Sacking of Thai chief meteorologist a reminder of the need for a public inquiry in   Malaysia to   overcome our denial syndrome to learn all the right lessons from the tsunami disaster, in particular    the breakdown of the national disaster warning system


Media Statement
by Lim Kit Siang

(Parliament, Wednesday): Yesterday, Thai Prime Minister, Thaksin Shinawatra fired the Thai chief meteorologist, Suparerk Tansriratanawong and opened an investigation into why his department failed to issue a tsunami warning which might have saved thousands of lives. 

The sacking of the Thai chief meteorologist is a reminder of the need for a public inquiry in  to overcome our denial syndrome to learn all the right lessons from the tsunami disaster, in particular  the breakdown of the national disaster warning system, probing into aspects such as why the government had failed to sound any warning of danger although it had some four  hours of lead-time before the  killer waves unleashed by the 9.0-magnitude Sumatra mega-earthquake hit the Malaysian coasts, and  whether the 68 lives lost could have been averted or reduced to single-digit figure with a more informed, alert and resourceful system in place. 

I am not suggesting that we should follow Thaksin’s example and fire the  Malaysian Meteorological Services (MMS) director-general or the MMS seismology director, but the government should not shirk from its unpleasant duty to conduct a searching inquiry into the horrendous failure of the national disaster warning system, the failures in the authorities’ handling of the disaster such as  radio and television failing to give Malaysians real-time information forcing them to depend on CNN and BBC to get news about what was happening in Penang and the northern coasts of Peninsular Malaysia, and the aftermath of the tsunami disaster. 

Three episodes in the earthquake-tsunami catastrophe reinforce the case for a comprehensive public inquiry in Malaysia, viz: 

  1. Seven years ago, former Thai top meteorologist, Samith Dhamasaroj, had warned government officials that a tidal wave could hit the southern Thai resorts around the tourist town of Phuket and made two recommendations: that alarm sirens be installed in hotels and that resort buildings should not be sited within 300 yards of the beaches.  Everyone laughed at him for his prediction, and the Thai government ignored his advice and moved him to another post.  Dhamasaroj said this week that he was sure a tsunami was coming as soon as he heard about the massive Dec 26  earthquake off  Sumatra island that measured magnitude 9.0 – the world’s biggest in 40 years – and described his desperate but futile attempts  on that fateful day to generate an alert which might have saved thousands of lives in Thailand.  He is now charged with setting up an early warning disaster system in Thailand.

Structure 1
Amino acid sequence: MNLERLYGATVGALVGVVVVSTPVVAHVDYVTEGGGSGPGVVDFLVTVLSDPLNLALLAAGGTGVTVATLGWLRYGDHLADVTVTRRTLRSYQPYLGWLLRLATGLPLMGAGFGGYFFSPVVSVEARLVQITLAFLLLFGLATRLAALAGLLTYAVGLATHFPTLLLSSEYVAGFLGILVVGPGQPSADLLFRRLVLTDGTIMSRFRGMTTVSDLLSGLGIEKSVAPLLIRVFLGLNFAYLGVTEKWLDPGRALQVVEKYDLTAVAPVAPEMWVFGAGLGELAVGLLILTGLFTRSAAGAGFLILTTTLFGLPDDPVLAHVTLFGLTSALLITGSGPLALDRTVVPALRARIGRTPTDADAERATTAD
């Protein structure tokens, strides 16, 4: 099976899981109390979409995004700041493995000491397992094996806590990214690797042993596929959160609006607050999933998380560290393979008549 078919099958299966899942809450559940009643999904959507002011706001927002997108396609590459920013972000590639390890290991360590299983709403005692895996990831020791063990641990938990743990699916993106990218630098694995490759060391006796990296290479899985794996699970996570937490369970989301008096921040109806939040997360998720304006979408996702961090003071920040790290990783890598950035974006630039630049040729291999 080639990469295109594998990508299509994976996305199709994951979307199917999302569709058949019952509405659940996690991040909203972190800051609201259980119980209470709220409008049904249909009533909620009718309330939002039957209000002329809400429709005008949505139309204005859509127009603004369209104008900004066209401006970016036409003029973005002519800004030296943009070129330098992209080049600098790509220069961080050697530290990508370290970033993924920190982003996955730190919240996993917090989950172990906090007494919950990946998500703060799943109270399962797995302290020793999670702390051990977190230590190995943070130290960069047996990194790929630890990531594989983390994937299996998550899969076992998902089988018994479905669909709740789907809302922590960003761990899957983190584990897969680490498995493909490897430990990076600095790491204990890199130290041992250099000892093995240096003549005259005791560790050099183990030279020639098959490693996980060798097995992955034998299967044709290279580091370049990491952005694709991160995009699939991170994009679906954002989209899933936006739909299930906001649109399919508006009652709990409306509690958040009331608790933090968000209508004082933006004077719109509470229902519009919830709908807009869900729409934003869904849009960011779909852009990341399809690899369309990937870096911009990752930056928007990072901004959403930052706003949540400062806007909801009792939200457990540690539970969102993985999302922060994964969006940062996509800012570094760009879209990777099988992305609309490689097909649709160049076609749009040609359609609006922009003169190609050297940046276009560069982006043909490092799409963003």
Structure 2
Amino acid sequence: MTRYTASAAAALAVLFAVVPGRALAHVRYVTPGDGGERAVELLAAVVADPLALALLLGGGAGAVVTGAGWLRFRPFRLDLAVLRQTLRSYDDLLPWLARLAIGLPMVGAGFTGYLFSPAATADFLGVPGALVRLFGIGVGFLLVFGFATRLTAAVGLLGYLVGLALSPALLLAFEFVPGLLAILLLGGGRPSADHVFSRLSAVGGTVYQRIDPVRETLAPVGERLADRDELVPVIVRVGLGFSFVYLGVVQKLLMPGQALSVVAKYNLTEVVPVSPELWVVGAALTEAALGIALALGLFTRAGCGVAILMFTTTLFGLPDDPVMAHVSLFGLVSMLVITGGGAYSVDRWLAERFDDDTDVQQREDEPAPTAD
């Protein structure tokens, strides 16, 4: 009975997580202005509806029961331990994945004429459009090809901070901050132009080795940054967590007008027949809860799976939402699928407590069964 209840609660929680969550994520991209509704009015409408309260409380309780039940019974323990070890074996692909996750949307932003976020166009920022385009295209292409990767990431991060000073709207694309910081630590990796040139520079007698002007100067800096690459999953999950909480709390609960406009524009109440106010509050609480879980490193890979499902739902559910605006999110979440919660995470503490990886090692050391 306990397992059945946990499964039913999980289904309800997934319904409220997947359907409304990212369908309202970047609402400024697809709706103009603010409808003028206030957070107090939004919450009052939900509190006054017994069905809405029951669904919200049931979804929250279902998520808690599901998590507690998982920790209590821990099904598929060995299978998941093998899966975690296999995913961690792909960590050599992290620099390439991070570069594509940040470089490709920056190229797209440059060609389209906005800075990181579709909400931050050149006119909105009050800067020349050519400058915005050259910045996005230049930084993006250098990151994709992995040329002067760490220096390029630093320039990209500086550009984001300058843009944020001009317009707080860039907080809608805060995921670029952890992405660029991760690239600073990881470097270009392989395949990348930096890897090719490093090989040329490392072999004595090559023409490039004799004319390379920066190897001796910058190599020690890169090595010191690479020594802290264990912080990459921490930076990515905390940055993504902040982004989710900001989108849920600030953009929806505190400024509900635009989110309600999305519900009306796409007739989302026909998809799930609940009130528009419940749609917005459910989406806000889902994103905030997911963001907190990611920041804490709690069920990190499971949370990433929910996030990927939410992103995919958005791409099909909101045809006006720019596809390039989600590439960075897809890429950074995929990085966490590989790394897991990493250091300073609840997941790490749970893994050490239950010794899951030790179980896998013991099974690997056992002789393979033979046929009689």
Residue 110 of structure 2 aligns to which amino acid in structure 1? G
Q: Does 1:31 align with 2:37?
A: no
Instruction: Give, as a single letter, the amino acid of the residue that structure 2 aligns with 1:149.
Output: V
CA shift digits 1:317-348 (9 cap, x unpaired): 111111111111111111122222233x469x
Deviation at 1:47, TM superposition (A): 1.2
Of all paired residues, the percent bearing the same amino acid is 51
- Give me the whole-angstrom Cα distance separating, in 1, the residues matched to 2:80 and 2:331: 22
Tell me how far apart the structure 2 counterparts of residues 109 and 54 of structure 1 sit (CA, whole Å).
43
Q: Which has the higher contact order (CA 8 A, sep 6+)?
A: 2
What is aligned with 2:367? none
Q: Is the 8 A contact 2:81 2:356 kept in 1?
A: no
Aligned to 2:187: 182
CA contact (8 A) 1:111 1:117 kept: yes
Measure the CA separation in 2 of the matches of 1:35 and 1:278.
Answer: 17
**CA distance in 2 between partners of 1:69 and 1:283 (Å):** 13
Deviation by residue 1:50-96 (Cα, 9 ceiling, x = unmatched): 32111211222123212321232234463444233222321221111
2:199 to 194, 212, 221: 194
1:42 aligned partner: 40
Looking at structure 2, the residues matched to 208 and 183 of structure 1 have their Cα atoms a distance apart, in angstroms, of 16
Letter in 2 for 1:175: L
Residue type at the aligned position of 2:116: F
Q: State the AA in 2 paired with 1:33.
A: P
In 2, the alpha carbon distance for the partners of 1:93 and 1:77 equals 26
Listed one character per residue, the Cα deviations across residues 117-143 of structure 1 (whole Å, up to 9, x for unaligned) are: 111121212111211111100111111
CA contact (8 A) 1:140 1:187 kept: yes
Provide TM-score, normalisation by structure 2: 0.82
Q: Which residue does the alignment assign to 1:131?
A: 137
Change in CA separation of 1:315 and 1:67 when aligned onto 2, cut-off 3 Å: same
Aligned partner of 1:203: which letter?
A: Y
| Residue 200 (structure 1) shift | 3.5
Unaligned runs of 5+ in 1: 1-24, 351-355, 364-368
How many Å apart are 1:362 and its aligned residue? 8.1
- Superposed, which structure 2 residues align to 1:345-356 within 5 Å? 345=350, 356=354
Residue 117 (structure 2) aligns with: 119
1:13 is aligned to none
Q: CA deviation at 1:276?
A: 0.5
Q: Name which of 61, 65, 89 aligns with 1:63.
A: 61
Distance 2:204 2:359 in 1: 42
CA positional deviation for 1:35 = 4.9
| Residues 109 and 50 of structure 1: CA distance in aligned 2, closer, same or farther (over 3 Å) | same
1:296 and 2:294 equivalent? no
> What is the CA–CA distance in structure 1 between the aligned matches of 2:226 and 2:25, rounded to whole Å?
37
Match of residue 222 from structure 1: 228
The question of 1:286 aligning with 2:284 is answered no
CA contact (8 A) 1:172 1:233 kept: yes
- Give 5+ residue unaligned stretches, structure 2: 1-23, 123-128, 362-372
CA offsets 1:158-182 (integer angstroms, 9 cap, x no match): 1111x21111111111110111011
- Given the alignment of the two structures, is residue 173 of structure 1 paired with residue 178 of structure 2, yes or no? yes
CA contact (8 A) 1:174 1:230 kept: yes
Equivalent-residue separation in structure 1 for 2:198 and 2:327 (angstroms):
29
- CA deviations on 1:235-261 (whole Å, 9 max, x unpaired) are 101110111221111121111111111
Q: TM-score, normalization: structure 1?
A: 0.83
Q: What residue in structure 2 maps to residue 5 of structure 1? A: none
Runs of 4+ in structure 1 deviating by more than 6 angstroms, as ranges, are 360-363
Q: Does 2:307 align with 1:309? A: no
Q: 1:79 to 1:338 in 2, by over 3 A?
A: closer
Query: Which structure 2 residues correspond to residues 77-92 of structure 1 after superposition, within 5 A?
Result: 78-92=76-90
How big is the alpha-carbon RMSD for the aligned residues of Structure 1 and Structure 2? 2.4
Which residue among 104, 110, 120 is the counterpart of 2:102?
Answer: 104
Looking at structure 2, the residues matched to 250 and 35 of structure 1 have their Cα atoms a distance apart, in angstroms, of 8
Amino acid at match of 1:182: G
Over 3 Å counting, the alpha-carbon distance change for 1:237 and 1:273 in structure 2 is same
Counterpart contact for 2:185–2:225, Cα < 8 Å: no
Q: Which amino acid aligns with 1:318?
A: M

1. A Dutch couple at the deadly Khao Lak beach north of Phuket who survived the tsunami catastrophe because they had 30 seconds to run for their lives as they lived in California, where tsunamis are not unknown, and so were familiar with the telltale signs of impending tidal surges.  As this couple subsequently said, if a warning system had been in place to warn bathers just 15 minutes before the tsunami wall of water battered the beaches, most lives could have been saved.
  1. The remarkable story of survival of the island of Simeulue, not far from the epicenter of the 9.0-magnitude Sumatra mega-earthquake. Although Aceh and the rest of the western coast of North Sumatra were laid to devastation and  waste as if subject to a nuclear holocaust, with the final death toll expected to exceed 100,000,  the majority of the island’s 70,000 people had survived the double whammy of earthquake and tsunamis.  This is because a tsunami in 1907 when the island suffered thousands of deaths led to the islanders’ folklore that as soon as  they feel a quake they must run to high land, which spared them the decimation suffered by other areas near the earthquake epicentre

On December 26, the Sumatra earthquake and ensuing tsunamis were “acts of God” for Sumatra, where the killer tsunamis set in within minutes  but they cannot be described as “acts of God” for  neighbouring countries which have more than one hour of lead time before the arrival of the killer waves, even less so for the northern coasts of Peninsular Malaysia, which had some four hours of lead-time, which made the colossal death toll most tragic as were mostly avoidable.

This itself should warrant the establishment of a public inquiry, not for any nitpicking to pin or apportion blame, but for the Malaysian government and people to learn all the right lessons from the tsunamis catastrophe.


* Lim Kit Siang, Parliamentary Opposition Leader, MP for Ipoh Timur & DAP Central Policy and Strategic Planning Commission Chairman